Do I only write sad posts about diabetes? I suppose if my blog were dedicated to the topic, I might regularly explore all sides (like this kinda fun one). However, my blog is dedicated to whatever I'm thinking about, and rarely am I thinking anything good about diabetes.
Today it made me cry, again. I'd like to point out here that although in the first year since my son's diagnosis of type 1 I was a bit weepy, lately I've been doing well. At our appointment with the endocrinologist Wednesday, not a single tear was shed, except maybe briefly when the diabetes educator mentioned...well, something that may or may not have been related to the disease. But otherwise, I was good. And Theo sat reading a book.
Today's tears are hardly worth mentioning had they not caught me so completely off guard. Shortly after noon the school secretary called to say the math I had done for the insulin shot, based on Theo's hot lunch choice of pizza, was now unuseable. The cafeteria was offering instead a special meal celebrating Chinese New Year.
My kids eat hot lunch only once a week, and it's a big deal. And yet it seems every time Theo's turn rolls around, something happens that cuts into his enjoyment. Often he's sitting out a low blood sugar, and the hot lunch is no longer hot. Today, his blood sugar was in range, but the menu threw us a curveball.
I asked that they send him to lunch while we determined the carb count (it's not ideal to eat before the shot, but it's not the worst thing). I hung up to check the carb count online, but it wasn't on the school's site (naturally; it was a last minute change). I called back and was transferred to the head of food service.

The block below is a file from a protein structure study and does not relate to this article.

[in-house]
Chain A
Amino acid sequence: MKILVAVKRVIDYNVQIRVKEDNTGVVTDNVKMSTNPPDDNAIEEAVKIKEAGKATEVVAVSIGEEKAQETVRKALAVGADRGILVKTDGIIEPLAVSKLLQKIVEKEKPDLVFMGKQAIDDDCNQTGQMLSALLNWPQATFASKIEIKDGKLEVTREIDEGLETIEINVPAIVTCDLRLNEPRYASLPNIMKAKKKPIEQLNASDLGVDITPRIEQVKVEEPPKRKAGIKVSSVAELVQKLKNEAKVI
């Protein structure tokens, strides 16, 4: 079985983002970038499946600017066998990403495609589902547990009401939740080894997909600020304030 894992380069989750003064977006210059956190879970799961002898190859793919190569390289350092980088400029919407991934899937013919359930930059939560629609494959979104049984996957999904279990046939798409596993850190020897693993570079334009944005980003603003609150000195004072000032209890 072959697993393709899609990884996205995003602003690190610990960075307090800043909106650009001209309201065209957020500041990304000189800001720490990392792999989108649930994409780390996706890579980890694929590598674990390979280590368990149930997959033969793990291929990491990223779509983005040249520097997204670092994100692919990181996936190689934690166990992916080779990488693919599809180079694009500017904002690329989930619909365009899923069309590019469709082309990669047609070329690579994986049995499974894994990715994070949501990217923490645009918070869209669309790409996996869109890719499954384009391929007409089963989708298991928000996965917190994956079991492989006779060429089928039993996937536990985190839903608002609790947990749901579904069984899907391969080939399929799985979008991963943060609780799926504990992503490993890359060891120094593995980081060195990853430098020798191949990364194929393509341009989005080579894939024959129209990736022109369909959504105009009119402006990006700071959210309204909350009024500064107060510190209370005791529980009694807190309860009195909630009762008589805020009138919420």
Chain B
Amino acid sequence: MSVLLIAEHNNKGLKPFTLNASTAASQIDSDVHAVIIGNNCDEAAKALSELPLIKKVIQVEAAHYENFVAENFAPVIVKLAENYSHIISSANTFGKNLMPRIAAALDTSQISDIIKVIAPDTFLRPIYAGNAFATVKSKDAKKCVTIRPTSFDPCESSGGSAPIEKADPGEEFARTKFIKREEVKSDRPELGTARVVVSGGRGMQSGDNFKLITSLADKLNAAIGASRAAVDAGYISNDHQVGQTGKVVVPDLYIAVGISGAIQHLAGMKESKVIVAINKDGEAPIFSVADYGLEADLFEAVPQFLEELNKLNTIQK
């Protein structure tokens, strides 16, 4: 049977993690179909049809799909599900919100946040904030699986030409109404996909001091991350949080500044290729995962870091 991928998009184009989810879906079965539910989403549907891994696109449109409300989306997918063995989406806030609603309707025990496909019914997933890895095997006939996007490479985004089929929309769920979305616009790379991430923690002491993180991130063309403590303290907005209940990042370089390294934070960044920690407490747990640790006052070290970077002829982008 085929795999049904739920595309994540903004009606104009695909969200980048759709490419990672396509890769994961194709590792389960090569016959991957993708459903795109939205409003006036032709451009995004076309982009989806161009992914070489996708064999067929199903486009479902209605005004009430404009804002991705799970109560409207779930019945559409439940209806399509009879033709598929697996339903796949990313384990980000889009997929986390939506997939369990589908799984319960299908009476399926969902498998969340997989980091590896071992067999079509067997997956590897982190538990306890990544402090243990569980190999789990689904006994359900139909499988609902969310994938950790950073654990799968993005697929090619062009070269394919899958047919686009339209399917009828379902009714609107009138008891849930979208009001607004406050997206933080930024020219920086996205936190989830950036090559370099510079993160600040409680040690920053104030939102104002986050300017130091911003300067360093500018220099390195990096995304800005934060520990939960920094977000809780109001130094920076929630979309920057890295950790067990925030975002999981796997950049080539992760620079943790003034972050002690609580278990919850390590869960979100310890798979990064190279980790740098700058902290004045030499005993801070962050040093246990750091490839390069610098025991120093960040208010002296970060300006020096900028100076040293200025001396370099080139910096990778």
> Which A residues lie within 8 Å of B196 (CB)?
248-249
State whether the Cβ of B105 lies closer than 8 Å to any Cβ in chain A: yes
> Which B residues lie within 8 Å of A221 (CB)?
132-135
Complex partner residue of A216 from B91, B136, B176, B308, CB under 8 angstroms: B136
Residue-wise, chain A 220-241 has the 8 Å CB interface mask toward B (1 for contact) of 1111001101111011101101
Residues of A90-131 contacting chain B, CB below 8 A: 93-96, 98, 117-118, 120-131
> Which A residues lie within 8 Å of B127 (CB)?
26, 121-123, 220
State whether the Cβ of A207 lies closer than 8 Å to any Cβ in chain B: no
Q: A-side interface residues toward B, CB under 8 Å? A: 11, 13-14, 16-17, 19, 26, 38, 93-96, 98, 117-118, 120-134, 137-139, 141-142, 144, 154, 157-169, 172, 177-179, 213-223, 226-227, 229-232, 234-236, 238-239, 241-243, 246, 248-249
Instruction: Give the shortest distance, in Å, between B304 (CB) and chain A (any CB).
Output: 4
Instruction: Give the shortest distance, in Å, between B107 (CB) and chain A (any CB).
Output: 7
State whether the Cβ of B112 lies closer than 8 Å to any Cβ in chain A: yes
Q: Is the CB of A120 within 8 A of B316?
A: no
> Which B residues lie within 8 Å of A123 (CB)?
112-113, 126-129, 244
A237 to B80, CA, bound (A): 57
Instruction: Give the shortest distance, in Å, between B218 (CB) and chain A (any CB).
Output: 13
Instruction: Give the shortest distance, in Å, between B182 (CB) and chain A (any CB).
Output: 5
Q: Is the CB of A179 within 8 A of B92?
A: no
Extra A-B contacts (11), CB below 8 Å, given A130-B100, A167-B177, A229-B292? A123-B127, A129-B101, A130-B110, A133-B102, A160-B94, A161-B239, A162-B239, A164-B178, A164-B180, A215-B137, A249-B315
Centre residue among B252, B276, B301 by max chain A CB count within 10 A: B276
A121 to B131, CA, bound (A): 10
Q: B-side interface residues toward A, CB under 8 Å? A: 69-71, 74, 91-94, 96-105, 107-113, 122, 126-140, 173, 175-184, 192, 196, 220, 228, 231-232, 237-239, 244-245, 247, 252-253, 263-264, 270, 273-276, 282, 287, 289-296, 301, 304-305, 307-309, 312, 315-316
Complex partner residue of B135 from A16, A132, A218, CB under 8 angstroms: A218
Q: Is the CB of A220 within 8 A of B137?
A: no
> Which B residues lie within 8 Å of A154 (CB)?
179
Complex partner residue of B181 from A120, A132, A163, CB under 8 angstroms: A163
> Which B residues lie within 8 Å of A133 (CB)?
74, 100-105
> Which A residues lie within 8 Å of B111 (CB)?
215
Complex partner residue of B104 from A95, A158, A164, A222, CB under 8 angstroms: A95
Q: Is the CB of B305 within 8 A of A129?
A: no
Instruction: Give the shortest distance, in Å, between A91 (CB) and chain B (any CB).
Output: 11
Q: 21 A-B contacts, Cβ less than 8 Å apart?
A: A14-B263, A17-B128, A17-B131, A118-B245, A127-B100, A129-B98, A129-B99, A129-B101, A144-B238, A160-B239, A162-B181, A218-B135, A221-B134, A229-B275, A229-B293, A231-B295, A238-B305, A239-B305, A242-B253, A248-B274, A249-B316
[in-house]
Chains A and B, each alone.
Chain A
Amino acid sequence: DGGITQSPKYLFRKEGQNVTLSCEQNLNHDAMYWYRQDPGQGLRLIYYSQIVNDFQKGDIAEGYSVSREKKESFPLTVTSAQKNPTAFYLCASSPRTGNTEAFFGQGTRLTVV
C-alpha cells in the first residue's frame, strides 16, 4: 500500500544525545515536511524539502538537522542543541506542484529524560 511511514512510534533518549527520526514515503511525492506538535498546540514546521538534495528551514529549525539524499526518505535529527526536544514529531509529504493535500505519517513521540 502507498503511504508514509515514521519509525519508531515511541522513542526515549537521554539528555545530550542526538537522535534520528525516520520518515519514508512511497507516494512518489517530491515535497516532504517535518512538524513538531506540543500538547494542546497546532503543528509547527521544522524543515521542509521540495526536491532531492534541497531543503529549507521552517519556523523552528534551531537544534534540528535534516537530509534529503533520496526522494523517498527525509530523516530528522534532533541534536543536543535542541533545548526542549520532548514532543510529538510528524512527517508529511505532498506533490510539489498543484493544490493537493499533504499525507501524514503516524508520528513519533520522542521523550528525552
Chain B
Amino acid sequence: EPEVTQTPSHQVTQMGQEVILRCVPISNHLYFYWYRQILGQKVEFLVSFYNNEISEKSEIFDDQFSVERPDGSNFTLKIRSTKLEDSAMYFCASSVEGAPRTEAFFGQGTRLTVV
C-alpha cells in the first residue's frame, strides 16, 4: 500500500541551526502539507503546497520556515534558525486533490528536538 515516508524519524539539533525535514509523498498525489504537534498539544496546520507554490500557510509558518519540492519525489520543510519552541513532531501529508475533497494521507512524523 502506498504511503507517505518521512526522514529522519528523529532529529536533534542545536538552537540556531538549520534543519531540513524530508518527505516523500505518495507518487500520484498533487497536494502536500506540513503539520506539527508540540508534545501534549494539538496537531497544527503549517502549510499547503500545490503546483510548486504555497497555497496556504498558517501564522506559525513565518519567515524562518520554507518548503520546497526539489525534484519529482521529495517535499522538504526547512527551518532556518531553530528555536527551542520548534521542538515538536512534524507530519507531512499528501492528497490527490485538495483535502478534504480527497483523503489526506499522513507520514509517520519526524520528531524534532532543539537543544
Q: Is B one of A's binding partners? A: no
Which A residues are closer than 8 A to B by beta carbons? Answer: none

A long discussion on the chicken ensued. Was it breaded? Grilled? Seasoned, she said. With breading, I ask? No...she hesitates...just seasoning. Like grilled, then, I say. Uh, yes. So no carbs, then.
He skipped the sauce, so how much is the rice? 24.7.
And the fortune cookie? 6.
The chocolate milk I remember is 21.7; she verifies this. I ask to be transferred back to the secretary.
Jane uses her calculator to add these numbers and divide them by 18, our carb ratio for lunch. Her math can't be right; the number after the decimal point is obviously off. Just as she's doublechecking, a call comes through in their office from the food service woman, who has just discovered that the chicken is breaded.
We do new math, and I account for the fact that although the rice carb count is probably correct as given, Theo's blood sugar will run low if I give him the same ratio of insulin for the rice as for the other foods. I round down and hope for the best.
Twenty minutes have passed. Theo's back by in their office by then, happily eating his fortune cookie. They give him a shot of three units. I go to the bathroom to cry sweet and sour tears.
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